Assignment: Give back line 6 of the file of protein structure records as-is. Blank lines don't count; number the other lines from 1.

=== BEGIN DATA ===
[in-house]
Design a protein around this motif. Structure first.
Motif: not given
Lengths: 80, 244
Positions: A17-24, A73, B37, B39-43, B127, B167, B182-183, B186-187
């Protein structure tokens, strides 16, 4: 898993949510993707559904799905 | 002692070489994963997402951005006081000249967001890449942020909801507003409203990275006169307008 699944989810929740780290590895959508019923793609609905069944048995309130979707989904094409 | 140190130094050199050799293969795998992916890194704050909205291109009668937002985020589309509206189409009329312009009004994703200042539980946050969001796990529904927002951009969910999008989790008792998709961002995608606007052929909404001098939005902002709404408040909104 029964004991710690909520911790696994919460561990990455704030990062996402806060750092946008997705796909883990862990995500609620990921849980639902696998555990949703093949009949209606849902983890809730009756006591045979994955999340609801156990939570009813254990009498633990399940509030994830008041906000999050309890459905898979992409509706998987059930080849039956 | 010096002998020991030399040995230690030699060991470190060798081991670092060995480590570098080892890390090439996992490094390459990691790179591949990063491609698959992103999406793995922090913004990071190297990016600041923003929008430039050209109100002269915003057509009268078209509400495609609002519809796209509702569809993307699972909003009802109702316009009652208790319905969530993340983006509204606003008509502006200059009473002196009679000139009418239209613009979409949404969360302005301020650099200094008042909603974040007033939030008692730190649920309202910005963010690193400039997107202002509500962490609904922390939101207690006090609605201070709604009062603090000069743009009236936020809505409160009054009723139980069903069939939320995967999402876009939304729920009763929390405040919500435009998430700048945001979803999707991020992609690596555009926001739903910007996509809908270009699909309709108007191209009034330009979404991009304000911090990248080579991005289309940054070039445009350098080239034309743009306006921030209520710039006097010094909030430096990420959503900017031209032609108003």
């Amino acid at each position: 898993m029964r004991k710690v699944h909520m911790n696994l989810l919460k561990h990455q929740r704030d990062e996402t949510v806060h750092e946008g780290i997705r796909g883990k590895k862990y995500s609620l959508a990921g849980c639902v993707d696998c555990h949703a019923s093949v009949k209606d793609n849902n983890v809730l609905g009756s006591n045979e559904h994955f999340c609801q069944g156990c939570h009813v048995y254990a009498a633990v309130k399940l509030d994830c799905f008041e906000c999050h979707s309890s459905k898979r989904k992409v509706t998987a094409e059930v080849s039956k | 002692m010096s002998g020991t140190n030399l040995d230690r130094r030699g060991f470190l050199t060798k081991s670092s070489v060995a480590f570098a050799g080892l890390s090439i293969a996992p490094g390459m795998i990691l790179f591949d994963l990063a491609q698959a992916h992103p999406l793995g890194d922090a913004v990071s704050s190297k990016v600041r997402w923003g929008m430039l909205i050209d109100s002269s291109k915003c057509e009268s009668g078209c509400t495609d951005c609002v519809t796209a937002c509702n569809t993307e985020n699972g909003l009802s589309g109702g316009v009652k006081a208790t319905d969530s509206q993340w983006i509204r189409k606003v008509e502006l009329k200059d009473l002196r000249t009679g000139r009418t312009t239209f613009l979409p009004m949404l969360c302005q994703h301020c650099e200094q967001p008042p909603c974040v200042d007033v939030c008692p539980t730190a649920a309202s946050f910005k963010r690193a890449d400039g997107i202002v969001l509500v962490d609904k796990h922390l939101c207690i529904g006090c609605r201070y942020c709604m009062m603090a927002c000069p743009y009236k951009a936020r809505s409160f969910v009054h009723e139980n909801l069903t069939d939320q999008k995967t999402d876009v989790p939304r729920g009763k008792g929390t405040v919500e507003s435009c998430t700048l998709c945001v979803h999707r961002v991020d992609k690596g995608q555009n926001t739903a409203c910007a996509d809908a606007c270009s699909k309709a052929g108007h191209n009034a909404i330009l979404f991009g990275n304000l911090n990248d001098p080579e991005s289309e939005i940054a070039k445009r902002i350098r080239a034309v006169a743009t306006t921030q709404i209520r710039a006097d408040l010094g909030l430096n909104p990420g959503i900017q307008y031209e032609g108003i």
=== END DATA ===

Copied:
């Protein structure tokens, strides 16, 4: 898993949510993707559904799905 | 002692070489994963997402951005006081000249967001890449942020909801507003409203990275006169307008 699944989810929740780290590895959508019923793609609905069944048995309130979707989904094409 | 140190130094050199050799293969795998992916890194704050909205291109009668937002985020589309509206189409009329312009009004994703200042539980946050969001796990529904927002951009969910999008989790008792998709961002995608606007052929909404001098939005902002709404408040909104 029964004991710690909520911790696994919460561990990455704030990062996402806060750092946008997705796909883990862990995500609620990921849980639902696998555990949703093949009949209606849902983890809730009756006591045979994955999340609801156990939570009813254990009498633990399940509030994830008041906000999050309890459905898979992409509706998987059930080849039956 | 010096002998020991030399040995230690030699060991470190060798081991670092060995480590570098080892890390090439996992490094390459990691790179591949990063491609698959992103999406793995922090913004990071190297990016600041923003929008430039050209109100002269915003057509009268078209509400495609609002519809796209509702569809993307699972909003009802109702316009009652208790319905969530993340983006509204606003008509502006200059009473002196009679000139009418239209613009979409949404969360302005301020650099200094008042909603974040007033939030008692730190649920309202910005963010690193400039997107202002509500962490609904922390939101207690006090609605201070709604009062603090000069743009009236936020809505409160009054009723139980069903069939939320995967999402876009939304729920009763929390405040919500435009998430700048945001979803999707991020992609690596555009926001739903910007996509809908270009699909309709108007191209009034330009979404991009304000911090990248080579991005289309940054070039445009350098080239034309743009306006921030209520710039006097010094909030430096990420959503900017031209032609108003």